If immigration officials have a warrant, Vara said to check and see if it is signed by an immigration judge. In that case, tell the officer to back away from the door, Vara said. Then exit the house through a different door before the officer gets in, she said.
If an immigrant is arrested, Vara said that they should never answer questions.
She encouraged immigrants — including those who don’t speak English — to memorize this statement: “I wish to remain silent, to exercise my right to remain silent and to refuse to answer any questions.”
But long before a federal agent knocks on their door, immigrant families should be preparing, said Ruth Lopez-McCarthy, managing attorney for the legal protection fund at the National Immigrant Justice Center (NJIC).
Lopez-McCarthy said parents have to think about short-term guardianship and to make sure that other legal paperwork are in order. She said immigrant families should also update their emergency contacts and their children’s school forms. They should also memorize an emergency contact number in case immigration officials make an arrest.
“We call these preparedness. The idea there is that you begin to have a conversation with your family and those around you,” Lopez-McCarthy said. “Make sure that you’re preparing. You’ve got all the emergency contacts updated, and you’ve spoken with family members, individuals who have status and who can take your children.
Lopez-McCarthy said immigrants should always request an attorney if they are detained. She said NIJC provides attorneys and that immigrants should call (312) 660-1370. Chicago residents qualify for free services.
Even without large-scale raids of the magnitude Trump has recently promised, immigration enforcement actions have been routine during his tenure, advocates said.
Last month, officers with U.S. Immigration and Customs Enforcement arrested 45 immigrants in Illinois. In total, 140 immigrants were arrested in a five-day “enforcement surge” conducted in six Midwestern states, according to a department press release.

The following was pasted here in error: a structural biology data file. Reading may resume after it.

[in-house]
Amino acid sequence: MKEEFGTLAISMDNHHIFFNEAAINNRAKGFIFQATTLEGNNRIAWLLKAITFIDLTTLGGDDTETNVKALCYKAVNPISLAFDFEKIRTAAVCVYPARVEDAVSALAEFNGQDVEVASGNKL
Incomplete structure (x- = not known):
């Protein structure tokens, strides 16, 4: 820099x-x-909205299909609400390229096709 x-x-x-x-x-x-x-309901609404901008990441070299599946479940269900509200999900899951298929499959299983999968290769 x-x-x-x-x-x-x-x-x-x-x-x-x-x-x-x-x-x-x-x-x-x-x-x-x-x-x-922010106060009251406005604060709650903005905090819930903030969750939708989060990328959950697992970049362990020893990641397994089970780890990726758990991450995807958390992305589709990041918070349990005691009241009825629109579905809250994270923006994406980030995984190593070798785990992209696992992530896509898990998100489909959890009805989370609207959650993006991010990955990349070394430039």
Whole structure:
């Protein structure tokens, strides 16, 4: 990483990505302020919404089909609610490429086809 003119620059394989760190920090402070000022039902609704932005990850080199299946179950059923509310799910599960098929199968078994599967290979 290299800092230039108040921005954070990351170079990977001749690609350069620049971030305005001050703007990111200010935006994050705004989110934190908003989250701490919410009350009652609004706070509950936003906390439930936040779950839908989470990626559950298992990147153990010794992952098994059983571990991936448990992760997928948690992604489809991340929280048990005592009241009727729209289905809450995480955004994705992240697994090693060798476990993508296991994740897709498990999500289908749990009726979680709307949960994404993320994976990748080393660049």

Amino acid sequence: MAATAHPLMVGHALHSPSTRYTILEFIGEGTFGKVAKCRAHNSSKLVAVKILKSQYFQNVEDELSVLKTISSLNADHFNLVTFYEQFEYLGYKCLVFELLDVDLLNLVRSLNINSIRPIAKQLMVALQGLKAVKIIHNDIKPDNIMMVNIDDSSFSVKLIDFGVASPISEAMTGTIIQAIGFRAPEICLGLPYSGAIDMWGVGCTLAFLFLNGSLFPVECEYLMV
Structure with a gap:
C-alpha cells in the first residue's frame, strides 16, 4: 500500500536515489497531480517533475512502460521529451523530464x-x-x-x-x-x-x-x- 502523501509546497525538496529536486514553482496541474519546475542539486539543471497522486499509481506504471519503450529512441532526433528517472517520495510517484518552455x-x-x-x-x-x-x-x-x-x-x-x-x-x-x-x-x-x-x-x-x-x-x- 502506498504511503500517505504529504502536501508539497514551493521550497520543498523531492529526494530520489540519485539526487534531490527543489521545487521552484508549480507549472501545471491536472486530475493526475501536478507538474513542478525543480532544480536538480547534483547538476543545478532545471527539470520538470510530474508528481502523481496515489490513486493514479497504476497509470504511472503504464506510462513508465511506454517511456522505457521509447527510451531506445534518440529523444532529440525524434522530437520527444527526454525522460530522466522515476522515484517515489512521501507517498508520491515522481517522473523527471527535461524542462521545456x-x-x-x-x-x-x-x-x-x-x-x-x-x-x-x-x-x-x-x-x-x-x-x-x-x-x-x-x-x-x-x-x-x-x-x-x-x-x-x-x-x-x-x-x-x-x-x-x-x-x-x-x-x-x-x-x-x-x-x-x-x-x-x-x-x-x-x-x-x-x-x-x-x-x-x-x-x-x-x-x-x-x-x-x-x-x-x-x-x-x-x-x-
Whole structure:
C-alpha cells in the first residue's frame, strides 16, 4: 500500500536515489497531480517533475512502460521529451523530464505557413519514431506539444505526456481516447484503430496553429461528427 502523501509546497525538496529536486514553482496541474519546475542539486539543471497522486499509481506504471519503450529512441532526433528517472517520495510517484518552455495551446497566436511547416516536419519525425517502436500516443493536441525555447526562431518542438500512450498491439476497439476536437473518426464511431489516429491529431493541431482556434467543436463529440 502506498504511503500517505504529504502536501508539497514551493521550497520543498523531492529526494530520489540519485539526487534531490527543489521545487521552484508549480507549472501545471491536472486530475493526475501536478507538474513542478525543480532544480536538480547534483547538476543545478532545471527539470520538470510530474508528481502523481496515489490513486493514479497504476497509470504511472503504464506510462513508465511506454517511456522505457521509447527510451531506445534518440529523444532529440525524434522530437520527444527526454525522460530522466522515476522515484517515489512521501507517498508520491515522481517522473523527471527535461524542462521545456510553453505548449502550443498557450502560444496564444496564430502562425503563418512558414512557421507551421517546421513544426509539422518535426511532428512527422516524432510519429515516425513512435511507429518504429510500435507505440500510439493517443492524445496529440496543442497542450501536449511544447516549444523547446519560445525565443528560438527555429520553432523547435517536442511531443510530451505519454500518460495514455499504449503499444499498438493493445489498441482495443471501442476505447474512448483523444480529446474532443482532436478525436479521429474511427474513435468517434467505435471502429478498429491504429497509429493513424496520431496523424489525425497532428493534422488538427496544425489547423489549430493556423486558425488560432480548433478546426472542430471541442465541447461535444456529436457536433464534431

“Nearly a third of the aliens arrested by ICE deportation officers during this enforcement surge had prior criminal histories that included convictions for the following crimes: assault, battery, domestic violence, cruelty, driving under the influence, drug possession, drug trafficking, fraud, identity theft, larceny, illegal re-entry after deportation, resisting officers, obstruction of justice, hit and run, and illegally possessing weapons,” the release stated.
Advocates said that undocumented immigrants are at risk — even those who have not received orders to leave the U.S.
When federal agents pursue immigrants with removal orders, it’s called “targeted” enforcement. However, during those targeted arrests, agents also arrest other undocumented immigrants that might be living in the same house. Those arrests are labeled “collateral.”
“If they go to a home looking to detain one person and they are allowed to go into that home, they will interview everyone. And whoever presents invalid immigration status, they will be detained and put in deportation proceedings,” said Rodrigo Baez, counsel of protection with the Mexican Consulate in Chicago.
He said they are taking Trump’s threats seriously.
“We have seen a rise of these numbers of collateral detainees,” Baez said. “It is just a consequence. The causes or the reasons could because there are more people detained. It could be a consequence of operations of targeted enforcement.”
The Mexican Consulate has a number nationals can call, 855-463-6395, to get more information. They also have an app, MiConsulMex.
Correction: A previous version of this story provided an incorrect name for the Mexican Consulate's app.
María Ines Zamudio is a reporter for WBEZ’s Race, Class and Communities desk. Follow her @mizamudio.